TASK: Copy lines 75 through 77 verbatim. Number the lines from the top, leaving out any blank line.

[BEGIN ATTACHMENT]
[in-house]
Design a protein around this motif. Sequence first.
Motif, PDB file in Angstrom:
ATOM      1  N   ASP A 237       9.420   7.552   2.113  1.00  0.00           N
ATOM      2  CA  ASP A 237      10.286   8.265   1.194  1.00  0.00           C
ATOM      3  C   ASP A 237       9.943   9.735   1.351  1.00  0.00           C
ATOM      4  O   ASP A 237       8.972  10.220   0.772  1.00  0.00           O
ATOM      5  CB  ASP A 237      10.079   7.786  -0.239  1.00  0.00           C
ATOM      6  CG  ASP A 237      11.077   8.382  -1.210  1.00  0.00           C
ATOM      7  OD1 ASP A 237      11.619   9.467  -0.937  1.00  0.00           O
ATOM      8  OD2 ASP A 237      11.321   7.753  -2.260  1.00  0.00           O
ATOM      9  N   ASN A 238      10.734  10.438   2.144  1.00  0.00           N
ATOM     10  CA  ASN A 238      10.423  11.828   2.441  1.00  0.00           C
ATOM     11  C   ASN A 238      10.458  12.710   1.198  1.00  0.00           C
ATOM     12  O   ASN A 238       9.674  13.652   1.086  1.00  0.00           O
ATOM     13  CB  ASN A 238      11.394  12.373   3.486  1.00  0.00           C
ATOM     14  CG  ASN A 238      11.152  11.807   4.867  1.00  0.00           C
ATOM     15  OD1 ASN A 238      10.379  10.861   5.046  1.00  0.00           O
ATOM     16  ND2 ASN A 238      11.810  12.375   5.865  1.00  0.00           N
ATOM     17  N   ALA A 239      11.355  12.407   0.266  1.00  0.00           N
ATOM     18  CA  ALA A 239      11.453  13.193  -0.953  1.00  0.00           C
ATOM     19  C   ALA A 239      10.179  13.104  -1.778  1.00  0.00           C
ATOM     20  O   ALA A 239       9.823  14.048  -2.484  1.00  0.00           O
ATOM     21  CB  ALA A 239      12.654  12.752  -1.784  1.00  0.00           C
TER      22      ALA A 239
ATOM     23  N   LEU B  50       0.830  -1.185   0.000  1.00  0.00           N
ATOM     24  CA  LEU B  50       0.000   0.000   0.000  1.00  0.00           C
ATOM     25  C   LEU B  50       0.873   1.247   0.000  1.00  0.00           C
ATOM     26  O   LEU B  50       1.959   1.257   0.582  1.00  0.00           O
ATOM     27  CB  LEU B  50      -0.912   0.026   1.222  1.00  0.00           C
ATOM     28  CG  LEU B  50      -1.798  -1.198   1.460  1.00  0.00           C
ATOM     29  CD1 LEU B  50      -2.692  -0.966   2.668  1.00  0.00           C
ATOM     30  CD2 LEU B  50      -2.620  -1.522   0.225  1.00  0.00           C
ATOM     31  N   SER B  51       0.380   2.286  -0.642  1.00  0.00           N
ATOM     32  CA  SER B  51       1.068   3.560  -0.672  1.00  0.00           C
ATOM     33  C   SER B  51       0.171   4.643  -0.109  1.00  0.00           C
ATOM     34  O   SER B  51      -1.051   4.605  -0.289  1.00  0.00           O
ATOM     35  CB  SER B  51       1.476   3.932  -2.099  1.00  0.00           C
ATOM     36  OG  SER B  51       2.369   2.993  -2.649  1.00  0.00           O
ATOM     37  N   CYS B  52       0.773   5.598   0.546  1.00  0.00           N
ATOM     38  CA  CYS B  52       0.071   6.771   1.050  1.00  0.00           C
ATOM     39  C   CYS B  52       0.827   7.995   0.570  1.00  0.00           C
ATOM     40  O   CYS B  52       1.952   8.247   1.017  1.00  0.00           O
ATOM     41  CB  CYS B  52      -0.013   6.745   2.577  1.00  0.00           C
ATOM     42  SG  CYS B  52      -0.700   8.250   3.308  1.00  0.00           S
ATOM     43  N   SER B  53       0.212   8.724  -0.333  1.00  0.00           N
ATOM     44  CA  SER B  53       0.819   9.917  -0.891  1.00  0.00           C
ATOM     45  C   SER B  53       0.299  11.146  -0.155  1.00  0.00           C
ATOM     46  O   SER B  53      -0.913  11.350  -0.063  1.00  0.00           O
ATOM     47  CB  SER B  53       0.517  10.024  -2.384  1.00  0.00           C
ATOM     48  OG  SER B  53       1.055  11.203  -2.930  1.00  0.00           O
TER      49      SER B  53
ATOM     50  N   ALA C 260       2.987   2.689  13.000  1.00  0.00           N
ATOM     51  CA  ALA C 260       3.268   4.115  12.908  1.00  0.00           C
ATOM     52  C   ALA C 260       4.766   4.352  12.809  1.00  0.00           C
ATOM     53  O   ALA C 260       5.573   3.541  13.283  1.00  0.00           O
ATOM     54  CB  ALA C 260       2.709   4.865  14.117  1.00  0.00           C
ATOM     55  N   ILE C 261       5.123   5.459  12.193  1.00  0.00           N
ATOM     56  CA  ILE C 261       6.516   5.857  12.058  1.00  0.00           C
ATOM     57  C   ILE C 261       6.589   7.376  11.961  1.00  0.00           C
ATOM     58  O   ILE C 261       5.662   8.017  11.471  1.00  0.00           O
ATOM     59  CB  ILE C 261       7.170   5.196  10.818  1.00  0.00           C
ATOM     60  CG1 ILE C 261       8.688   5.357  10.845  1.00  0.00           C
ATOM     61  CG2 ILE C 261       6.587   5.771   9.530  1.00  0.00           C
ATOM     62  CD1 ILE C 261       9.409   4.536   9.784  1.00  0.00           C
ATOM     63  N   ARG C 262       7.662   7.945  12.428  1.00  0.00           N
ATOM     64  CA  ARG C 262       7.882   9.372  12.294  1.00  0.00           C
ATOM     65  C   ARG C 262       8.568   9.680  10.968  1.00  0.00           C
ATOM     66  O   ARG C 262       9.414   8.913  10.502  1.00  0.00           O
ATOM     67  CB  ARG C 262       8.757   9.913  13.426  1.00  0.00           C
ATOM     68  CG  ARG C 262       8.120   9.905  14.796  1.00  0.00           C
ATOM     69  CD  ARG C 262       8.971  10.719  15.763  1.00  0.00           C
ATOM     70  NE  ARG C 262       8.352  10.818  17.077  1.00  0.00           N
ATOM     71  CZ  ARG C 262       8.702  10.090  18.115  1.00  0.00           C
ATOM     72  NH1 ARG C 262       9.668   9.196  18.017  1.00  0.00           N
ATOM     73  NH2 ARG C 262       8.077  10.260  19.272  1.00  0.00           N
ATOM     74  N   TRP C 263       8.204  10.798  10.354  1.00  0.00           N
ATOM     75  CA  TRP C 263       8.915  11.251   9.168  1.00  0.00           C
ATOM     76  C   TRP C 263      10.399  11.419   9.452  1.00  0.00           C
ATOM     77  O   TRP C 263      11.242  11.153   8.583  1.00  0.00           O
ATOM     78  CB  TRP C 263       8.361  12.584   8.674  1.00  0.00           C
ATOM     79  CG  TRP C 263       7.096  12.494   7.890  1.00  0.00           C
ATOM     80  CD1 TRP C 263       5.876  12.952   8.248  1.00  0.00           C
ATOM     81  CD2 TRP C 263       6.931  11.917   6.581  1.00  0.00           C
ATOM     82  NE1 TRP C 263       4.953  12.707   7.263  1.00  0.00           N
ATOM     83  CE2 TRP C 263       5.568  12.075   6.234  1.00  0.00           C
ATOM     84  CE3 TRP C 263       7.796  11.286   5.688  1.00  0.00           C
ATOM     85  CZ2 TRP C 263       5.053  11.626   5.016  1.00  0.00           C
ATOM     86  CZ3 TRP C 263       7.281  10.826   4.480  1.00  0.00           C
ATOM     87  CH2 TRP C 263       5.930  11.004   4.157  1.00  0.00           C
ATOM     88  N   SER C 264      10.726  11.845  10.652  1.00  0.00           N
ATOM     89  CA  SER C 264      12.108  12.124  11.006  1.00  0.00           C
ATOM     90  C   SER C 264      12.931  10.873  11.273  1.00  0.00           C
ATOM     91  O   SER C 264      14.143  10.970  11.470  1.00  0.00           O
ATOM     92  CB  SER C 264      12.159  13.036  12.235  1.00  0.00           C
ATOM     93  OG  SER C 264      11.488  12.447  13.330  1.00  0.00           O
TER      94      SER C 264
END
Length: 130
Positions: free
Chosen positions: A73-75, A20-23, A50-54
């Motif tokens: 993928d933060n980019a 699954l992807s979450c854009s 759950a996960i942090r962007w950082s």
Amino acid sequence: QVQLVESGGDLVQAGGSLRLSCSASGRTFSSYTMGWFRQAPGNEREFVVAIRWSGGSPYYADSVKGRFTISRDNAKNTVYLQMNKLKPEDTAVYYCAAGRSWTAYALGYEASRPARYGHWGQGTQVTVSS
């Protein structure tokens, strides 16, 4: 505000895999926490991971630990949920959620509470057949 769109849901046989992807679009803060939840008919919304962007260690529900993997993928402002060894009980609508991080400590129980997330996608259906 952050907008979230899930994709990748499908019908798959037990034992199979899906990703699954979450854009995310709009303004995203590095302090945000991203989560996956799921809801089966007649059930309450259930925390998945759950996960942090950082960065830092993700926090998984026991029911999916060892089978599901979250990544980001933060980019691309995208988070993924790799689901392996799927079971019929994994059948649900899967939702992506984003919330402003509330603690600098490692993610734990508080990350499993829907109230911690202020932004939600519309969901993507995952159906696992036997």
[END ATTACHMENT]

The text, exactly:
ATOM     72  NH1 ARG C 262       9.668   9.196  18.017  1.00  0.00           N
ATOM     73  NH2 ARG C 262       8.077  10.260  19.272  1.00  0.00           N
ATOM     74  N   TRP C 263       8.204  10.798  10.354  1.00  0.00           N